Improvement and prediction of the extraction parameters of lupeol and stigmasterol metabolites of Melia azedarach with response surface methodology

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BMC Biotechnol. 2024 Jun 7;24(1):39. doi: 10.1186/s12896-024-00865-2.

ABSTRACT

BACKGROUND: Melia azedarach is known as a medicinal plant that has wide biological activities such as analgesic, antibacterial, and antifungal effects and is used to treat a wide range of diseases such as diarrhea, malaria, and various skin diseases. However, optimizing the extraction of valuable secondary metabolites of M. azedarach using alternative extraction methods has not been investigated. This research aims to develop an effective, fast, and environmentally friendly extraction method using Ultrasound-assisted extraction, methanol and temperature to optimize the extraction of two secondary metabolites, lupeol and stigmasterol, from young roots of M. azedarach using the response surface methodology.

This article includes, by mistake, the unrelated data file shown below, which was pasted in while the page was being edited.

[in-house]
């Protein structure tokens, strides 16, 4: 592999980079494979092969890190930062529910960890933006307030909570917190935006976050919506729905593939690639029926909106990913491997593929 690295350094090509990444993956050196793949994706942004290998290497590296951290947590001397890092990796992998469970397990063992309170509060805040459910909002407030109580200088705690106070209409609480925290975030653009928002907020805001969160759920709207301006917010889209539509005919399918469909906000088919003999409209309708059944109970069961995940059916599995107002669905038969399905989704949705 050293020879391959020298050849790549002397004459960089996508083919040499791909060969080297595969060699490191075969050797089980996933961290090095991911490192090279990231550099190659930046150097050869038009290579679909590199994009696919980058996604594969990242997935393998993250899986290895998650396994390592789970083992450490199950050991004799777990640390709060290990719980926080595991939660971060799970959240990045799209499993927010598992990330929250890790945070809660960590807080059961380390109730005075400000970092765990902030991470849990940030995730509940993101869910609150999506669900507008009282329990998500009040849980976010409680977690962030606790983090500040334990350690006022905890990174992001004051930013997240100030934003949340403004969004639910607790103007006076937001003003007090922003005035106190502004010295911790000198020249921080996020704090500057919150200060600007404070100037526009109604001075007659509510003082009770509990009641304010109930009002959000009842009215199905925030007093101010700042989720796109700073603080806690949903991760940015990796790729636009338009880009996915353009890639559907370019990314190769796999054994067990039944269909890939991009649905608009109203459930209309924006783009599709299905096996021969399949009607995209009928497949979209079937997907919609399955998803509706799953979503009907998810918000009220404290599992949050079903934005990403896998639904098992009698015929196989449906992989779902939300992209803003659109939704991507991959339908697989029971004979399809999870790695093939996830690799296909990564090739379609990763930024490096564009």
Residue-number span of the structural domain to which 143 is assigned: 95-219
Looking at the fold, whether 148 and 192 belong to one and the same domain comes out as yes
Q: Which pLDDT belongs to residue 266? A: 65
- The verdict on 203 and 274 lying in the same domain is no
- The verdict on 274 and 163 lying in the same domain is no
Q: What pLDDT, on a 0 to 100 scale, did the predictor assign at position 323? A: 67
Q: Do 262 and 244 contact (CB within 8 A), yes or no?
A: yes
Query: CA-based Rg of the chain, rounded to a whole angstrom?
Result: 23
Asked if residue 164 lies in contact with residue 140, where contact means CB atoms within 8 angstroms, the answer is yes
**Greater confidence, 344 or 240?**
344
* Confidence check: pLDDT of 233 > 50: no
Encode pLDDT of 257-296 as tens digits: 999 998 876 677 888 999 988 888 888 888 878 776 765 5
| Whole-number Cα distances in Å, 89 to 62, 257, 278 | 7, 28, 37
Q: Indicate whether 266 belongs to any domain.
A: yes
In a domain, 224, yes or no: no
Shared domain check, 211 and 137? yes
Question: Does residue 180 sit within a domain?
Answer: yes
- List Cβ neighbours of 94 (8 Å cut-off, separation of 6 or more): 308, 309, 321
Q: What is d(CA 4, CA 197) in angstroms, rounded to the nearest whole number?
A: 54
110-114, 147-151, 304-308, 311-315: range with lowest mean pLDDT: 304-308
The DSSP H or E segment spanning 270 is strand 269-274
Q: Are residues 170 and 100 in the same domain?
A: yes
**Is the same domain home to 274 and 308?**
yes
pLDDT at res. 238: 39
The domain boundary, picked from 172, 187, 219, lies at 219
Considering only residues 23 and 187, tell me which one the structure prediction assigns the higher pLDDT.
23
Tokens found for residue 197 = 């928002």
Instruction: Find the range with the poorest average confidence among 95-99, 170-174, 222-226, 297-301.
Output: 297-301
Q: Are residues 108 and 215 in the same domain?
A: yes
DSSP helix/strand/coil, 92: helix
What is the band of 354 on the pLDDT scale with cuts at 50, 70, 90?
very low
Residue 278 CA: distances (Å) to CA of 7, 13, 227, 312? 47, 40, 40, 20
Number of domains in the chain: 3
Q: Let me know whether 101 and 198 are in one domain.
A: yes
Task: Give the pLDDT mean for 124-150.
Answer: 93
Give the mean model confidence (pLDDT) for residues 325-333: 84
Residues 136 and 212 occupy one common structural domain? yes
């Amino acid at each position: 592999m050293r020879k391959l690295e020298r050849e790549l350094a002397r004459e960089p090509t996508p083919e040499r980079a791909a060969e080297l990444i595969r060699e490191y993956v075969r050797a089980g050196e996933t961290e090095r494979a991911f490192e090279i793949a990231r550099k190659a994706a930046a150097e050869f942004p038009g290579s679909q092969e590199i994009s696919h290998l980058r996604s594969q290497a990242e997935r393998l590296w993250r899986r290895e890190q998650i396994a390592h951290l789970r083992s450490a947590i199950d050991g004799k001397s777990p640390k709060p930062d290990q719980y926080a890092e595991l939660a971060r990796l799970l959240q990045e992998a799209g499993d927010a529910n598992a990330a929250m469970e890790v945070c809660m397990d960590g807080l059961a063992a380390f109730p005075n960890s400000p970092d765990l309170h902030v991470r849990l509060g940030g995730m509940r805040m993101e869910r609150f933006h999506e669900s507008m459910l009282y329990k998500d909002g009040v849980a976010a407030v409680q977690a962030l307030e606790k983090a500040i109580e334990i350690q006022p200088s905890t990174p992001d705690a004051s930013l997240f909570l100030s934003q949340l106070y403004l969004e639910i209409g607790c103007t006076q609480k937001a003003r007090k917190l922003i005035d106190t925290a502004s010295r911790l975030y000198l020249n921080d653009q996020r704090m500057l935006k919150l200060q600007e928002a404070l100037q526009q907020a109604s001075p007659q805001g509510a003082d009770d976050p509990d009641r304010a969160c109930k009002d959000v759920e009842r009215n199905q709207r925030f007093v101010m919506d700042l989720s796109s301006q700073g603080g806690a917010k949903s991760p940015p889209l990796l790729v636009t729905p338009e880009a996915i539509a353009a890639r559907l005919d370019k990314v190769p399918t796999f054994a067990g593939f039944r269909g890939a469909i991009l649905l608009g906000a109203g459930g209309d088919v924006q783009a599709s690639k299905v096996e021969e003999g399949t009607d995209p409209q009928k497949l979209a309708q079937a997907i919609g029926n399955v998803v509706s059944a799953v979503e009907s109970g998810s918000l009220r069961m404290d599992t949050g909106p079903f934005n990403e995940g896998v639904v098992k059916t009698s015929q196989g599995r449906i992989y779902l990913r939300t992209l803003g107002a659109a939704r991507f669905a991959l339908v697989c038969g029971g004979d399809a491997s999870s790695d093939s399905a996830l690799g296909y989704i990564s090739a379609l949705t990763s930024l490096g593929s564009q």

METHODS: Box-behnken design was applied to optimize different factors (solvent, temperature, and ultrasonication time). The amounts of lupeol and stigmasterol in the root of M. azedarach were detected by the HPLC-DAD. The required time for the analysis of each sample by the HPLC-DAD system was considered to be 8 min.

RESULTS: The results indicated that the highest amount of lupeol (7.82 mg/g DW) and stigmasterol (6.76 mg/g DW) was obtained using 50% methanol at 45 °C and ultrasonication for 30 min, and 50% methanol in 35 °C, and ultrasonication for 30 min, respectively. Using the response surface methodology, the predicted conditions for lupeol and stigmasterol from root of M. azedarach were as follows; lupeol: 100% methanol, temperature 45 °C and ultrasonication time 40 min (14.540 mg/g DW) and stigmasterol 43.75% methanol, temperature 34.4 °C and ultrasonication time 25.3 min (5.832 mg/g DW).

CONCLUSIONS: The results showed that the amount of secondary metabolites lupeol and stigmasterol in the root of M. azedarach could be improved by optimizing the extraction process utilizing response surface methodology.

PMID:38849803 | DOI:10.1186/s12896-024-00865-2